Evangeline, the Oil Spill and Highway 61

The+Last+Novena+for+Gabriel1 210x300 Evangeline, the Oil Spill and Highway 61

Evangeline, by George Rodrigue

I was 18, skinny, out of money and in New Orleans for the first time after some Appalachian adventures and a visit to Nixon’s D.C. I faked a cocky walk into a French Quarter piano bar and stayed until closing time when the brunette singer in a sequined costume gown took pity on me. We went to an all-night place to eat. She picked up the tab and sent me gently on my way, and I still don’t know who pays the angels.

I headed out of town on Tulane Avenue under a high, gray light filtered through very low sky. At the Broad Street red light a man in a rumpled coat and wrinkled trousers stood in the intersection. He swayed on unsteady legs and waved his arms as blood sprayed from his neck. A cop in his car at a gas station on my right saw the same thing I did, looked at me funny, punched his siren and flashed across the intersection. A road sign I hadn’t noticed before slapped me hard with the Dylan verse: “God said, Abraham kill me a son.” The man’s throat was cut near the end of Highway 61.

I’d had a youthful tour of the Museum of America, from John Prine’s Paradise to Washington’s Marble Presidents, from the Encounter With the Compassionate Stranger to the Diorama of Violent Death. I drove on home to Houston, where everyone said I looked gaunt.

I’m spending a lot of time in New Orleans these days. The town, still recovering from the Storm, is bracing for the economic gut punch of the Spill. If I were Pharaoh of New Orleans, I’d let the people go before the Mississippi turns to blood and frogs fill the Superdome.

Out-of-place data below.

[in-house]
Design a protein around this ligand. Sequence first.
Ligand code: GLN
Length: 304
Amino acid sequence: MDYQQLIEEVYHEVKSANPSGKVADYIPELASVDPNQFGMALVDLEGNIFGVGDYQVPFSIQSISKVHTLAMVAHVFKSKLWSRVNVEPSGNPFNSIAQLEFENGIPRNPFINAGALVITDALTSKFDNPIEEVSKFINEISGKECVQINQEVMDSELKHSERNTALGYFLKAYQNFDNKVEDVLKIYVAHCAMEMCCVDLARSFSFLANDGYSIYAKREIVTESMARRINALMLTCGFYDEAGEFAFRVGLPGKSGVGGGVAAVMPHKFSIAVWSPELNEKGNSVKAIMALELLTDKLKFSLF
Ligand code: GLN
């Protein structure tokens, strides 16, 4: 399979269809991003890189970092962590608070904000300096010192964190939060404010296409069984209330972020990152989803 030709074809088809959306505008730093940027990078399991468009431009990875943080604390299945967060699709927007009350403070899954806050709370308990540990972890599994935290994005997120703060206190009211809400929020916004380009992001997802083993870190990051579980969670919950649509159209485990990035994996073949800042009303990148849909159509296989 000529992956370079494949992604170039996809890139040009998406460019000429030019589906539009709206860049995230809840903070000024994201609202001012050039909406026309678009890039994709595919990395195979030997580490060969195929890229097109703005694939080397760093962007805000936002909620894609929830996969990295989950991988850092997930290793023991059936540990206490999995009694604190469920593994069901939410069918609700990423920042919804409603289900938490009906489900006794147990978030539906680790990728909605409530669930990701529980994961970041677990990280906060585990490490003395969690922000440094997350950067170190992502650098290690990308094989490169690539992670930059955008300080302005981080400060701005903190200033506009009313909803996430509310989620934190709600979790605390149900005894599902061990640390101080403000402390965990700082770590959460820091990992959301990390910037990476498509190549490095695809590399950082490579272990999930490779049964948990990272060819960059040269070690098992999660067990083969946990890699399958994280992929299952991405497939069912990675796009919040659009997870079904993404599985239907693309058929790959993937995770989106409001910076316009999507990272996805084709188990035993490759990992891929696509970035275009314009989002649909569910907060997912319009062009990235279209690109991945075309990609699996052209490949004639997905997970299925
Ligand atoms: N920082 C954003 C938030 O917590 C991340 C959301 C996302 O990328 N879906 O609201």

Already some LeBlancs and Toussaints have escaped to HBO, not the promised land but a virtual home for a spirited, impressionistic filmsong of New Orleans, Treme. Sandra Bullock’s moved to town and adopted a motherless child, and in the French Quarter a guy in a cop costume tosses you a Saints cap and asks for a twenty-dollar food-drive donation. Hat in hand, the role reversed, you give it up for an angel not forgotten.

In New Orleans, the boatmen and carpenters really do sing their varied carols, but it’s no Whitmanesque fantasy. Voices aged in pain and hope rise from the bottom of the Mississippi Delta that Paul Simon, in a song called “Graceland,” sees “shining like a national guitar.” The players are everywhere: on the streets, in the strip joints, in the dance halls, bars, courtyards and restaurants. They’re bowing fiddles, blowing horns and shouting songs as a nation once again turns its lonely eyes away.

Meanwhile, Evangeline’s Acadian descendents got to be praying that the British quit coming. In the very model of a modern ethnic cleansing (called, exquisitely, Le Grande Derangement) the Brits forcibly removed their ancestors from Nova Scotia in the mid-1700s.  Many settled in Louisiana, where, 250 years later, British Petroleum’s boiling the descendents in oil.

evangelinedoloresdelrio1 225x300 Evangeline, the Oil Spill and Highway 61Henry Wadsworth Longfellow turned the tragic Maritime folk-tale of lovers ripped apart by a cruel, colonialist empire into a book-length poem, Evangeline. Hugely popular in the late 19th Century, it was performed at county fairs, festivals and schools. But how do you make poetry from a million barrels of oil and a poisoned Gulf of Mexico?

Best to dream of Evangeline. Miriam Cooper, remembered for her role in Birth of a Nation, played Evangeline in a lost Raoul Walsh 1919 silent movie. The alluring Delores Del Rio took a turn as Evangeline in a 1929 film that features a theme song by Al Jolson and Billy Rose. And she’s the tragic heroine of Robbie Robertson and Emmylou Harris’s haunting song from The Last Waltz.

Evangeline’s long search for love and freedom in the land of exiles and immigrants might make her a more meaningful American symbol to stand in New York Harbor than what we’ve got there. And there’s already an Evangeline statue to work with, in St. Martinville, Louisiana, modeled after and donated by Delores Del Rio.